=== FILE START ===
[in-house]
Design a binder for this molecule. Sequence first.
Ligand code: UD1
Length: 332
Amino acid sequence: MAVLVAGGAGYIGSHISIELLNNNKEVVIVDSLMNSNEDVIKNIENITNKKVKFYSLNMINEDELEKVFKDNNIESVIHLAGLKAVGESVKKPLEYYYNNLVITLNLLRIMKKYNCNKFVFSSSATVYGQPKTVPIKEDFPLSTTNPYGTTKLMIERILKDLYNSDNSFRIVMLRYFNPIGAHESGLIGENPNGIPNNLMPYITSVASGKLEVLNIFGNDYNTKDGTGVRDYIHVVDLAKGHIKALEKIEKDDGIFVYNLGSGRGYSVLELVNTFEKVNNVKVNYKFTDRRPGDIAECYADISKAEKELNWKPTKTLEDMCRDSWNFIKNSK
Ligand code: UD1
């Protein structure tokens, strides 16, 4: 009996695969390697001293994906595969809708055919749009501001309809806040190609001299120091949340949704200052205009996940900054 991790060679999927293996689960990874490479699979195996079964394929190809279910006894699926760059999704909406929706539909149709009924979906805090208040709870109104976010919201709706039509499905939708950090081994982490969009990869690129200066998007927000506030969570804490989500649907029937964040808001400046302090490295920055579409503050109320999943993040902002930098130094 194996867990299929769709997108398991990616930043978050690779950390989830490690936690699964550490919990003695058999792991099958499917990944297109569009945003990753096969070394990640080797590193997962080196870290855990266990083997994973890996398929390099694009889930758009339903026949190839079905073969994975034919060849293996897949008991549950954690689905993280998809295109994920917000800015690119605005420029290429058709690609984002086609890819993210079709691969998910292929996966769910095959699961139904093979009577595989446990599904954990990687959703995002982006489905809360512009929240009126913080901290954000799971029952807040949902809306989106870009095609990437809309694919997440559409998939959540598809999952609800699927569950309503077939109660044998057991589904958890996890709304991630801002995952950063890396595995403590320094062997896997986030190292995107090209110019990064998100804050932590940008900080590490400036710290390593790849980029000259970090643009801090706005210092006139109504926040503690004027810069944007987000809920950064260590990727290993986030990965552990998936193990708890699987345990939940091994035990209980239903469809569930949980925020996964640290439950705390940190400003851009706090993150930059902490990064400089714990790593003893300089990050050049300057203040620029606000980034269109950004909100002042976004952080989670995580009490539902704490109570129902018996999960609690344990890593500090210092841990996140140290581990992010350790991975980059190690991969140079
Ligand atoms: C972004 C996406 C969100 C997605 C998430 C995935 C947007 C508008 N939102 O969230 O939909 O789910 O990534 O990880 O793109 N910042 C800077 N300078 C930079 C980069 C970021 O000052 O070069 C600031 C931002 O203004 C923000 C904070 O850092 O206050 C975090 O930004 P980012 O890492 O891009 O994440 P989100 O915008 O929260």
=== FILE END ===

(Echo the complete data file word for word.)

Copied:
[in-house]
Design a binder for this molecule. Sequence first.
Ligand code: UD1
Length: 332
Amino acid sequence: MAVLVAGGAGYIGSHISIELLNNNKEVVIVDSLMNSNEDVIKNIENITNKKVKFYSLNMINEDELEKVFKDNNIESVIHLAGLKAVGESVKKPLEYYYNNLVITLNLLRIMKKYNCNKFVFSSSATVYGQPKTVPIKEDFPLSTTNPYGTTKLMIERILKDLYNSDNSFRIVMLRYFNPIGAHESGLIGENPNGIPNNLMPYITSVASGKLEVLNIFGNDYNTKDGTGVRDYIHVVDLAKGHIKALEKIEKDDGIFVYNLGSGRGYSVLELVNTFEKVNNVKVNYKFTDRRPGDIAECYADISKAEKELNWKPTKTLEDMCRDSWNFIKNSK
Ligand code: UD1
């Protein structure tokens, strides 16, 4: 009996695969390697001293994906595969809708055919749009501001309809806040190609001299120091949340949704200052205009996940900054 991790060679999927293996689960990874490479699979195996079964394929190809279910006894699926760059999704909406929706539909149709009924979906805090208040709870109104976010919201709706039509499905939708950090081994982490969009990869690129200066998007927000506030969570804490989500649907029937964040808001400046302090490295920055579409503050109320999943993040902002930098130094 194996867990299929769709997108398991990616930043978050690779950390989830490690936690699964550490919990003695058999792991099958499917990944297109569009945003990753096969070394990640080797590193997962080196870290855990266990083997994973890996398929390099694009889930758009339903026949190839079905073969994975034919060849293996897949008991549950954690689905993280998809295109994920917000800015690119605005420029290429058709690609984002086609890819993210079709691969998910292929996966769910095959699961139904093979009577595989446990599904954990990687959703995002982006489905809360512009929240009126913080901290954000799971029952807040949902809306989106870009095609990437809309694919997440559409998939959540598809999952609800699927569950309503077939109660044998057991589904958890996890709304991630801002995952950063890396595995403590320094062997896997986030190292995107090209110019990064998100804050932590940008900080590490400036710290390593790849980029000259970090643009801090706005210092006139109504926040503690004027810069944007987000809920950064260590990727290993986030990965552990998936193990708890699987345990939940091994035990209980239903469809569930949980925020996964640290439950705390940190400003851009706090993150930059902490990064400089714990790593003893300089990050050049300057203040620029606000980034269109950004909100002042976004952080989670995580009490539902704490109570129902018996999960609690344990890593500090210092841990996140140290581990992010350790991975980059190690991969140079
Ligand atoms: C972004 C996406 C969100 C997605 C998430 C995935 C947007 C508008 N939102 O969230 O939909 O789910 O990534 O990880 O793109 N910042 C800077 N300078 C930079 C980069 C970021 O000052 O070069 C600031 C931002 O203004 C923000 C904070 O850092 O206050 C975090 O930004 P980012 O890492 O891009 O994440 P989100 O915008 O929260």